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May 29th
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The Maya-Ixil Move Forward

The Maya-Ixil Move Forward

Local nonprofit works to educate and create opportunity for indigenous communities in Guatemala

In an isolated region of the Guatemala mountains called Ixil, the indigenous Maya population was devastated by a civil war between the government and leftist guerrilla factions that spanned 1960 to 1996.

During that 36-year war, the Guatemalan military eradicated entire Mayan communities. In what amounted to genocide, soldiers burned Mayan farmlands and homes, raped and tortured the people, and scattered families. By the end of the war, 200,000 Mayans had been killed, 7,000 of whom were Maya-Ixil.

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News - Business

Legal Battles Drag On

Legal Battles Drag On

More than a year after the 75 River St. occupation, four defendants remain embroiled in ongoing case 

More than a year and a half since a group occupied the former Wells Fargo building on River Street in an act of protest, felony charges linger on for four of the original defendants and a trial may be imminent.

Gabriella Ripley-Phipps, Brent Adams, Cameron Laurendeau and Franklin Alcantara were scheduled to begin trial May 13 in connection with the late 2011 protest. That trial now has been pushed back to September due to scheduling conflicts. The four face a felony charge of vandalism and a misdemeanor for trespassing.

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News - Business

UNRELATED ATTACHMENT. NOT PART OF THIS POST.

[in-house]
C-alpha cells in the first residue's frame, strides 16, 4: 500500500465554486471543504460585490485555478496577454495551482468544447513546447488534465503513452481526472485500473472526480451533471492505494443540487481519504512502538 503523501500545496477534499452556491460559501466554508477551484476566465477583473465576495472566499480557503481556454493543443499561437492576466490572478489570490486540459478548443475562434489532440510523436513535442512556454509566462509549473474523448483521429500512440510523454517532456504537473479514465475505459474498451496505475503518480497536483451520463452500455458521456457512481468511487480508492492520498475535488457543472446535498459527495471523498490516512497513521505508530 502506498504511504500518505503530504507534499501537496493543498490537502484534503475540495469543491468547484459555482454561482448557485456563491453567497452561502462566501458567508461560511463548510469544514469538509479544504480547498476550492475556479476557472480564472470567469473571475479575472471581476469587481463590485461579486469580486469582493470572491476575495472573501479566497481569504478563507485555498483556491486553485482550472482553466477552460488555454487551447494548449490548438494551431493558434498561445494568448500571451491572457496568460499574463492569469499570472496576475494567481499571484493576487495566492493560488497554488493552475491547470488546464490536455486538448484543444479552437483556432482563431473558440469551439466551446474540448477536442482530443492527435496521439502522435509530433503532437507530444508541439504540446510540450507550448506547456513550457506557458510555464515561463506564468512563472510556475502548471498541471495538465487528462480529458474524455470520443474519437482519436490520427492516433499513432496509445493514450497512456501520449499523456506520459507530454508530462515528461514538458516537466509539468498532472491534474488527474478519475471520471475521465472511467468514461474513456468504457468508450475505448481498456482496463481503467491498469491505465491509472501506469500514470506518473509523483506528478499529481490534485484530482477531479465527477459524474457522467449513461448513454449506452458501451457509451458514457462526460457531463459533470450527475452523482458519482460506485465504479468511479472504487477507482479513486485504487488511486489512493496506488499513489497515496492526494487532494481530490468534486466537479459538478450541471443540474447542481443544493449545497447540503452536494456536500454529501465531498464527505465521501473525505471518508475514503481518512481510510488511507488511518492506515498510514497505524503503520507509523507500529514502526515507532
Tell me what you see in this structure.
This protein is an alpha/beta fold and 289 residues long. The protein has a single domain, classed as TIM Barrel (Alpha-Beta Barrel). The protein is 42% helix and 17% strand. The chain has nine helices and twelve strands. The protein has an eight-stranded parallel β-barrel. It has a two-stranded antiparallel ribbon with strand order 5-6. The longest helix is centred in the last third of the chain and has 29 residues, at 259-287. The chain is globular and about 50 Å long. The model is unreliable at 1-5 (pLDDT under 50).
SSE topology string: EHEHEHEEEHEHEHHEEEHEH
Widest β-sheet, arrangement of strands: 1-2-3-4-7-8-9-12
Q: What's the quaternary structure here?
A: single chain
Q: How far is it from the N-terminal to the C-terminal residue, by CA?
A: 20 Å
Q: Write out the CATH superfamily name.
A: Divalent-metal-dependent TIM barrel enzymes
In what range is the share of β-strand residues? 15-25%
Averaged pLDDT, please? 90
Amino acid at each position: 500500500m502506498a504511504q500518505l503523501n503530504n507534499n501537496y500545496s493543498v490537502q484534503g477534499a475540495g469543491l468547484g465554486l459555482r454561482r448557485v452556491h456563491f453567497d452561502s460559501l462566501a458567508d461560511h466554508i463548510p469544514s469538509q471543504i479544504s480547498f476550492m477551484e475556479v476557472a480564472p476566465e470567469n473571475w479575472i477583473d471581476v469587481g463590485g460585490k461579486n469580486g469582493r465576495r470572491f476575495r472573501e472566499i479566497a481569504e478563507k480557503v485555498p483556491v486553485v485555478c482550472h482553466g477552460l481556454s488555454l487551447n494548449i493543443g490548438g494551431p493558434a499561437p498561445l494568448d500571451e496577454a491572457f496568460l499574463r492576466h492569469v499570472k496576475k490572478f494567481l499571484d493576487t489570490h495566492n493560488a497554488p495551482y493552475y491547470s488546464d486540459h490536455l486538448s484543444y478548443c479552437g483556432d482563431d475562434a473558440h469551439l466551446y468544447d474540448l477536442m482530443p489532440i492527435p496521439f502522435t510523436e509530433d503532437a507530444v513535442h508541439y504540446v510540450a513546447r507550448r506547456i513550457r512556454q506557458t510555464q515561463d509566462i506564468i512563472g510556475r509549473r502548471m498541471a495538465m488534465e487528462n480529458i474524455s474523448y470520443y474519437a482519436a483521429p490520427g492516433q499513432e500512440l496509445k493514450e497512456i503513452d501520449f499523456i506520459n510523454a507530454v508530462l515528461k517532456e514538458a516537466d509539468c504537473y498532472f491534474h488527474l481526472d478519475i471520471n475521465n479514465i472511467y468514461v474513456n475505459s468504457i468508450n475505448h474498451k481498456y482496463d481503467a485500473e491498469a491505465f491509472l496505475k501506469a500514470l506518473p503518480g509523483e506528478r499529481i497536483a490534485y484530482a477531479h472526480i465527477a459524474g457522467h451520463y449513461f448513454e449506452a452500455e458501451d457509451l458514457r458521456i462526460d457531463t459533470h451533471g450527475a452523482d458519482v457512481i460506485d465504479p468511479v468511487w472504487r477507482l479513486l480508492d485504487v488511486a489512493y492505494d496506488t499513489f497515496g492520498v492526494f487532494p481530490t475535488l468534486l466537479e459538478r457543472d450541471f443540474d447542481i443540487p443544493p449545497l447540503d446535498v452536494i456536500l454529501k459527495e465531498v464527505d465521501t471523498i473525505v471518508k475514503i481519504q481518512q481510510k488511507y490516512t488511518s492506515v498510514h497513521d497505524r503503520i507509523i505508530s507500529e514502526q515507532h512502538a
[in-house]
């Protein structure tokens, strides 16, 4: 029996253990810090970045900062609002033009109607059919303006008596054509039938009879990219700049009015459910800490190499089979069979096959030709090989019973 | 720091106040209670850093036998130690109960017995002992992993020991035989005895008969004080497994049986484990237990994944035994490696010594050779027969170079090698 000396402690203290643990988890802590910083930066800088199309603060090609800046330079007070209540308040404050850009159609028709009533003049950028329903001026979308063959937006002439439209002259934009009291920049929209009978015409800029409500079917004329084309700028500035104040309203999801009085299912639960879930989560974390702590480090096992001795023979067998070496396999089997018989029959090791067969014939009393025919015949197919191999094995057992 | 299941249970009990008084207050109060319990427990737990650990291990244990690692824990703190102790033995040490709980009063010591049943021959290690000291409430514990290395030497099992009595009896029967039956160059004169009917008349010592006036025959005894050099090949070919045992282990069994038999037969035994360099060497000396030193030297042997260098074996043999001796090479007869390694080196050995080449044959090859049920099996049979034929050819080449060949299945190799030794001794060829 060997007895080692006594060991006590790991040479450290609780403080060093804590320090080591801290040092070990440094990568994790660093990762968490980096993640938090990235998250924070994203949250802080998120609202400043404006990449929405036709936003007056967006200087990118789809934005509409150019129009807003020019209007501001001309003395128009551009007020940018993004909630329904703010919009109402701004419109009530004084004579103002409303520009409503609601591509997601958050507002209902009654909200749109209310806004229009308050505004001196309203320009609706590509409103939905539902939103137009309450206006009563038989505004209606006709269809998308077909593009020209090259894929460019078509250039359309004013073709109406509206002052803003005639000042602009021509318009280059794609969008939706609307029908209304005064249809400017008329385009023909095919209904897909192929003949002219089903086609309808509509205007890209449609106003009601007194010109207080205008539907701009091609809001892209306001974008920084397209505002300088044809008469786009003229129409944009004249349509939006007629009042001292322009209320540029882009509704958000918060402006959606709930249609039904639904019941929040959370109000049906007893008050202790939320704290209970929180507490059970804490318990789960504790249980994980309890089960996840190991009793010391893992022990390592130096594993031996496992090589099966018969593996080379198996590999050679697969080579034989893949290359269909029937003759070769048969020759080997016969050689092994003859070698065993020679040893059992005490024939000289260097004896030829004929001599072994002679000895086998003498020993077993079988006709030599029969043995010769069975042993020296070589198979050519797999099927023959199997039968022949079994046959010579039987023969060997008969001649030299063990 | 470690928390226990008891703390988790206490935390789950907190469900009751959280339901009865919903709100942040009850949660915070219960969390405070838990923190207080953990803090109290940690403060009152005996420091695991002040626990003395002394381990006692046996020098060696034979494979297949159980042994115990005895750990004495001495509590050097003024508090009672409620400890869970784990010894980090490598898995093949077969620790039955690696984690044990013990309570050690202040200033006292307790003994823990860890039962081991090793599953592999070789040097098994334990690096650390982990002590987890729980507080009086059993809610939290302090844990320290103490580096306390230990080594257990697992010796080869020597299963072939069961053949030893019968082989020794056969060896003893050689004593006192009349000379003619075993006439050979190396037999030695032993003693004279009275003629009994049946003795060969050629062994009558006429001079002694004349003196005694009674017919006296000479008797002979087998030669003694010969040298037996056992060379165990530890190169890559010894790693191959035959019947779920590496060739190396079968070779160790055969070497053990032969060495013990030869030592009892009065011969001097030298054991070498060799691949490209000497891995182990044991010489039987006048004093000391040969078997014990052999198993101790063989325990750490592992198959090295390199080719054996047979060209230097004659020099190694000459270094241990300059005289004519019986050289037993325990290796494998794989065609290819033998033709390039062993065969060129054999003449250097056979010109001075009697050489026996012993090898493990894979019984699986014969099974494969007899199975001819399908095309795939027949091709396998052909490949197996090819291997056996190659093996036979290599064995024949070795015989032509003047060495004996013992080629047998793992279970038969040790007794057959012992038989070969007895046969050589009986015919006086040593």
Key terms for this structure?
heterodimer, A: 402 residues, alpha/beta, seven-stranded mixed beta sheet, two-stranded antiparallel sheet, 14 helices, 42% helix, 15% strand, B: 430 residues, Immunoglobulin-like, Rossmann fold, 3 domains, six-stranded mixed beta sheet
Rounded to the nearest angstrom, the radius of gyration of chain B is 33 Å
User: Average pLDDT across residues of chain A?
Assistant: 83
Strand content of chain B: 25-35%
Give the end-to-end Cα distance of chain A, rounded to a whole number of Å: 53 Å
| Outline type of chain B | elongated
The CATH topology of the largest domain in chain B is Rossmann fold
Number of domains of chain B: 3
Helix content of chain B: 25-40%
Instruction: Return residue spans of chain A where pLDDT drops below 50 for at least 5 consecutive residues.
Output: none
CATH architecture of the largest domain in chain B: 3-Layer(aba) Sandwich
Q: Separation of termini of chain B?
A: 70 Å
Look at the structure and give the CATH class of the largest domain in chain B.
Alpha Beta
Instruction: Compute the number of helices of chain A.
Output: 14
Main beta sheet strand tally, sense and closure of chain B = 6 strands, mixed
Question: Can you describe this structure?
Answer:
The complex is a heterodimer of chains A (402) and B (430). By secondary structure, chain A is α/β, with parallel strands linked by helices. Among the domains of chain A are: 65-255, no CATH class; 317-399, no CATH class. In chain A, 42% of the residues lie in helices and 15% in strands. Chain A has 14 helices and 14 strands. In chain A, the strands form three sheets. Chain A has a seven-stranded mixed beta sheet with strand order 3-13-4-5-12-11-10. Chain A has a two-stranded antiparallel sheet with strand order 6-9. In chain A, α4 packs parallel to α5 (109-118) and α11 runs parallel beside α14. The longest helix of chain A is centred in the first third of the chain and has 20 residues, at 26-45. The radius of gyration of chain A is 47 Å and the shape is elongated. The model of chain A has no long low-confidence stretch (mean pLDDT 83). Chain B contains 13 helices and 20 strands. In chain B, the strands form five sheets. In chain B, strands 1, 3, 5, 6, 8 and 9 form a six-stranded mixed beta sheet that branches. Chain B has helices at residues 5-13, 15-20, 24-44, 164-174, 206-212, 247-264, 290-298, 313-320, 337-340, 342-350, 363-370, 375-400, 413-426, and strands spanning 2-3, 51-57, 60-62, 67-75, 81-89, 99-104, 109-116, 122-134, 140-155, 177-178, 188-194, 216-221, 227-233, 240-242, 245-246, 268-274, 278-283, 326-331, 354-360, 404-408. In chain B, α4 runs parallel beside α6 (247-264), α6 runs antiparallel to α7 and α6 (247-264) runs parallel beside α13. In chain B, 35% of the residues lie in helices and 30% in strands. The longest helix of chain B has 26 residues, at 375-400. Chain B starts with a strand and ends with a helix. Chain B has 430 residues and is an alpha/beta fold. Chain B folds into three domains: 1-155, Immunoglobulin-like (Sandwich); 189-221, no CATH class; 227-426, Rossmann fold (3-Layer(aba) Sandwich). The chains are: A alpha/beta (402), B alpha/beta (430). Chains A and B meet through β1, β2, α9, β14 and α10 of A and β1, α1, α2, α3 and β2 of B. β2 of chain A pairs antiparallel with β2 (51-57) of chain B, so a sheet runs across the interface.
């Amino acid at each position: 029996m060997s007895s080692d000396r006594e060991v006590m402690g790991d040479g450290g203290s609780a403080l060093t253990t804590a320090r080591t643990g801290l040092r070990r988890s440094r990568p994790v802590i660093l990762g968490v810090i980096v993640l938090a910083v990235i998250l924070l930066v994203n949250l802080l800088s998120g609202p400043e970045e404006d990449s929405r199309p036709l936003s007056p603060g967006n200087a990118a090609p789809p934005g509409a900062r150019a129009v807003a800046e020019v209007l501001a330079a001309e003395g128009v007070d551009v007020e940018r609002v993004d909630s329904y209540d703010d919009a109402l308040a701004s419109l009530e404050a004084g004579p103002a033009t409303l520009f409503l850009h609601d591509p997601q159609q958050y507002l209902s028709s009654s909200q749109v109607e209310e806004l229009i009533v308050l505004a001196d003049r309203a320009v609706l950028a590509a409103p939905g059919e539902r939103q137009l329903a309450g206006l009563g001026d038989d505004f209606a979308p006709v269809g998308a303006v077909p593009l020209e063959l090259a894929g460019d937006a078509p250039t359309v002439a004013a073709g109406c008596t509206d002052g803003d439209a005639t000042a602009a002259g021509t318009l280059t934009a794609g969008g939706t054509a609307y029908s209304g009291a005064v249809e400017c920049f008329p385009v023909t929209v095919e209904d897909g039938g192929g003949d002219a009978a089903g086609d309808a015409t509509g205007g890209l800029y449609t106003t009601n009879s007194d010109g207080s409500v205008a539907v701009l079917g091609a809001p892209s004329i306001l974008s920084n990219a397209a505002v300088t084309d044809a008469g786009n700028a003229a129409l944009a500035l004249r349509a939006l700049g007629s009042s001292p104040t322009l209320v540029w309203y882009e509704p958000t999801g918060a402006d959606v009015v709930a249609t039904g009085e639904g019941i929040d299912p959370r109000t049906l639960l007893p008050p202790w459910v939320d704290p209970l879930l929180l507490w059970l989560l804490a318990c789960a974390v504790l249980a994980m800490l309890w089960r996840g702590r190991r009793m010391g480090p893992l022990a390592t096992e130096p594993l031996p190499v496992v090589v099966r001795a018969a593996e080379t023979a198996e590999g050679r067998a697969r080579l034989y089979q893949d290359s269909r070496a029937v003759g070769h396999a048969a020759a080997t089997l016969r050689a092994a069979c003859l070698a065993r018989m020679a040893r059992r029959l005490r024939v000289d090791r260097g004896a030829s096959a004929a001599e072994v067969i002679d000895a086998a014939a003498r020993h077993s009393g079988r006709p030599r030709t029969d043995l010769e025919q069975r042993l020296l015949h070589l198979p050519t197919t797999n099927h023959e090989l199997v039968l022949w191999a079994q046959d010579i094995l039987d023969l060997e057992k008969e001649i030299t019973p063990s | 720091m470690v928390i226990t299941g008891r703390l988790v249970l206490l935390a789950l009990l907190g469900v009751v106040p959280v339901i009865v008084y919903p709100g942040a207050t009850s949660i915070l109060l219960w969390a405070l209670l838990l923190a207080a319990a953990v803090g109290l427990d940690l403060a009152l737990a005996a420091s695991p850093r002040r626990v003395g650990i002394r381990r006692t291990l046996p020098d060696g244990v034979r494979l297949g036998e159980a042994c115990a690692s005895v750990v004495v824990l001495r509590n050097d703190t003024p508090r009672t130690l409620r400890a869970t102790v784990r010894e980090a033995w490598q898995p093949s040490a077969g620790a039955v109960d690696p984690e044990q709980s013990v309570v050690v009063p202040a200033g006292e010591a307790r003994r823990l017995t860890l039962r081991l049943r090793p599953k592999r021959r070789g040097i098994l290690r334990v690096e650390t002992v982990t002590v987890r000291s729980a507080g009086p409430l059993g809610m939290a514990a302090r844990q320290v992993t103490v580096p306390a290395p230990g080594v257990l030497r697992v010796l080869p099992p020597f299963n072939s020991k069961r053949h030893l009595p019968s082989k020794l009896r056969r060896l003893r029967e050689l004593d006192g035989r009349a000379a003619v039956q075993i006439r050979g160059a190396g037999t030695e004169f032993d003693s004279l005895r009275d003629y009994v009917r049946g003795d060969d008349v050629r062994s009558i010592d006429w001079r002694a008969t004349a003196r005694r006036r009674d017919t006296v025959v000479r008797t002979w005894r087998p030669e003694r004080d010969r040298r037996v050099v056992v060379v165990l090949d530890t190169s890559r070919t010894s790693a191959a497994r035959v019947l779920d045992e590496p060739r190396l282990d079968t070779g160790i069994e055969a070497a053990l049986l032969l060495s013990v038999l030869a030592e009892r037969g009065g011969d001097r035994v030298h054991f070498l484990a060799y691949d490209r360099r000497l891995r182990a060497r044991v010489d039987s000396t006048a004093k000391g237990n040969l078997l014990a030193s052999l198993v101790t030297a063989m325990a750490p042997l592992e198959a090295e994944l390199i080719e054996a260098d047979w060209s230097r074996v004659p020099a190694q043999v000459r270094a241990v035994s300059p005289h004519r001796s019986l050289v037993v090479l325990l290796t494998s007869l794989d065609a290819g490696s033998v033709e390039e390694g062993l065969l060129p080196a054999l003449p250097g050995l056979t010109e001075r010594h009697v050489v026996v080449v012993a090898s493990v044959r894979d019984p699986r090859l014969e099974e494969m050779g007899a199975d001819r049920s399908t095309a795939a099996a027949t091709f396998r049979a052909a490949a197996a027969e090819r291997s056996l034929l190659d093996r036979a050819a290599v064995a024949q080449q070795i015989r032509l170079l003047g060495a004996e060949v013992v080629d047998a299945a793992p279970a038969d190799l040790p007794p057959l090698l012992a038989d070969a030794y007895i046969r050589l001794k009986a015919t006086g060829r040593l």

Cliff Diving

Cliff Diving

How will the sequester affect Santa Cruz?

Uncertainty is the name of the game for anyone writing a local program's 2013-14 budget now that sequestration has taken effect. Cuts amounting to $1.2 trillion over 10 years went into effect on March 1. 

The cuts amount to 5 percent of federal contributions to all domestic programs and 7.8 percent of Department of Defense funds. The fact that the cuts are scheduled to hit the 2012-13 year make matters even worse, says Adam Russell, press secretary for Congressional Representative Sam Farr.

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News - Business

New Nonprofit Targets PTSD

New Nonprofit Targets PTSD

Bridging Warriors seeks to improve PTSD treatment options locally

Soquel resident Karen Egan witnessed firsthand how post-traumatic stress disorder (PTSD) changes lives.

Her 26-year-old son Ben Rudolph developed PTSD after surviving a major car accident eight years ago that left him with severe injuries. In the months following the accident, he and Egan visited more than 20 doctors across the country. It wasn't until almost a year after the accident that Rudolph developed PTSD, which the National Institute of Mental Health (NIMH) says is characterized by flashbacks, tension, and emotional numbness.

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News - Business

Nourishing The Next Generation

Nourishing The Next Generation

Nonprofit combats obesity and diabetes by cooking with local kids